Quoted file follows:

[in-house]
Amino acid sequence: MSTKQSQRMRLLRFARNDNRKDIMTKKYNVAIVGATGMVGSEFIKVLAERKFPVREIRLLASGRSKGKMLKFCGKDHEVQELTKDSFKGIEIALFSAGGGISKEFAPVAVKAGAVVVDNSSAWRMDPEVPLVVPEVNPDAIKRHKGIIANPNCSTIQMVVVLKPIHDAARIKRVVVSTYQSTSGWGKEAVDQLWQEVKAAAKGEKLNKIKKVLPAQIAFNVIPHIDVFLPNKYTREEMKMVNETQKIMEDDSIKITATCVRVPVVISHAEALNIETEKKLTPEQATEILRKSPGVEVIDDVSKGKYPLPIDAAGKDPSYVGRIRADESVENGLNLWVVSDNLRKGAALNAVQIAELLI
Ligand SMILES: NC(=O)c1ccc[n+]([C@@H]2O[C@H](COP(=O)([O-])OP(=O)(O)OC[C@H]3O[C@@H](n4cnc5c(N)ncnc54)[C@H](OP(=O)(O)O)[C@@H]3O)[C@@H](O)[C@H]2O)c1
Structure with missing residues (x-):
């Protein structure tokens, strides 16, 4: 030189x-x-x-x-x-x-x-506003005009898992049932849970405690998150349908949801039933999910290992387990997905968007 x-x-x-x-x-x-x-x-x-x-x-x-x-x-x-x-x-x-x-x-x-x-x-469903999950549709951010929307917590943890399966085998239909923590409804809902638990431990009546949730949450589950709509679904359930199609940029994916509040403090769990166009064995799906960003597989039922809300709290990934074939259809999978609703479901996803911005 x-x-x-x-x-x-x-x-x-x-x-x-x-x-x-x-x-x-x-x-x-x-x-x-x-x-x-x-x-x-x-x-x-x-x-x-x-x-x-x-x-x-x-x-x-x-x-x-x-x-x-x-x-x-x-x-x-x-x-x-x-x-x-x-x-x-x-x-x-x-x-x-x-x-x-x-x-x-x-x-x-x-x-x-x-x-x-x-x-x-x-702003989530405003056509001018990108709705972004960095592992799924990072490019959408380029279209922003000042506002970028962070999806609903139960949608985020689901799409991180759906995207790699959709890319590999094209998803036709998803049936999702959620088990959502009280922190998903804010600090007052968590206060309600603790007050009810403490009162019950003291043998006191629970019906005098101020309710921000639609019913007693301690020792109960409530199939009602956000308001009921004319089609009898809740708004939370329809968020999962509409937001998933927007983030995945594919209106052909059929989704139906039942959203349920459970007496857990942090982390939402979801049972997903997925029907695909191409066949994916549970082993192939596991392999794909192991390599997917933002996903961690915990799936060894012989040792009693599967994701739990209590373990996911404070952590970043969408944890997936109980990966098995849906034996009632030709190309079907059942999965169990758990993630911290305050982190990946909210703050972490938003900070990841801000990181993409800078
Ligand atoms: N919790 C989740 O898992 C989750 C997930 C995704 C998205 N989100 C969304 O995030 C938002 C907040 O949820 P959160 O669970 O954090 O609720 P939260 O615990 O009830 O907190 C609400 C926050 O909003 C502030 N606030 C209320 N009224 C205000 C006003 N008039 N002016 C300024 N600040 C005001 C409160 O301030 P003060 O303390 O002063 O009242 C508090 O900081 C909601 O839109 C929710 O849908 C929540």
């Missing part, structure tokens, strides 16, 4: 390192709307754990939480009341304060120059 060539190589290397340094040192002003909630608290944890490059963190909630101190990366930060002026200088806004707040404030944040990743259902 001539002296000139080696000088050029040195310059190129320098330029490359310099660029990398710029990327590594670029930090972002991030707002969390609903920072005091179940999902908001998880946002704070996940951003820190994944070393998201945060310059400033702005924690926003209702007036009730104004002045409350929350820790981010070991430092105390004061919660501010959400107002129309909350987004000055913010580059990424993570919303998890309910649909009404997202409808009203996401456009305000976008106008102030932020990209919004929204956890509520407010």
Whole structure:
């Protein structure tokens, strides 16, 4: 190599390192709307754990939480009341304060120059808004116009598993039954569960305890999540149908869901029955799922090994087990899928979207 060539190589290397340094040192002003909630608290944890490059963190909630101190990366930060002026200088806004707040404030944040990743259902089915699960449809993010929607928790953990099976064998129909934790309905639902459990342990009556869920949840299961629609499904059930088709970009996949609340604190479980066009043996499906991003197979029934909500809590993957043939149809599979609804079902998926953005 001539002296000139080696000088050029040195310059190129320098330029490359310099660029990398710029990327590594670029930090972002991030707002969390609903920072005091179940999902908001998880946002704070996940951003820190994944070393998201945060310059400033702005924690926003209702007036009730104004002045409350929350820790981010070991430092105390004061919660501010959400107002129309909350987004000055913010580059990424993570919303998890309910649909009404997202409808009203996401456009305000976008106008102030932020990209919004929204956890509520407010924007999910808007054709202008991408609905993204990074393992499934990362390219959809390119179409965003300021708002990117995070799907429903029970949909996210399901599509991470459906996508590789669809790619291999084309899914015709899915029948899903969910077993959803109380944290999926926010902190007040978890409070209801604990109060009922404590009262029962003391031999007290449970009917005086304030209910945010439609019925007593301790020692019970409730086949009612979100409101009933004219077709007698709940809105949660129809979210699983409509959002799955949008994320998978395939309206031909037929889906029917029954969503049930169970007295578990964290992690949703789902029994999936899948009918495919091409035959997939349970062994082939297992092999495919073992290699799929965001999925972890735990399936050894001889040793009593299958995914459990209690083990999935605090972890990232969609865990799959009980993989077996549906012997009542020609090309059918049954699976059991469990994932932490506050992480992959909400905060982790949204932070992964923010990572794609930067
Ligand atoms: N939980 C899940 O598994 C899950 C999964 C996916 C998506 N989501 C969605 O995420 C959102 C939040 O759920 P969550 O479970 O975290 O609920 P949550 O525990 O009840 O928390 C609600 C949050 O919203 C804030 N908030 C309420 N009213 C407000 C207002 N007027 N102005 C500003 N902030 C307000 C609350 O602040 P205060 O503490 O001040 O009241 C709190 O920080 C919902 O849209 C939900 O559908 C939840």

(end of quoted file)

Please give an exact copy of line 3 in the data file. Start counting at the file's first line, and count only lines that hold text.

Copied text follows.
Ligand SMILES: NC(=O)c1ccc[n+]([C@@H]2O[C@H](COP(=O)([O-])OP(=O)(O)OC[C@H]3O[C@@H](n4cnc5c(N)ncnc54)[C@H](OP(=O)(O)O)[C@@H]3O)[C@@H](O)[C@H]2O)c1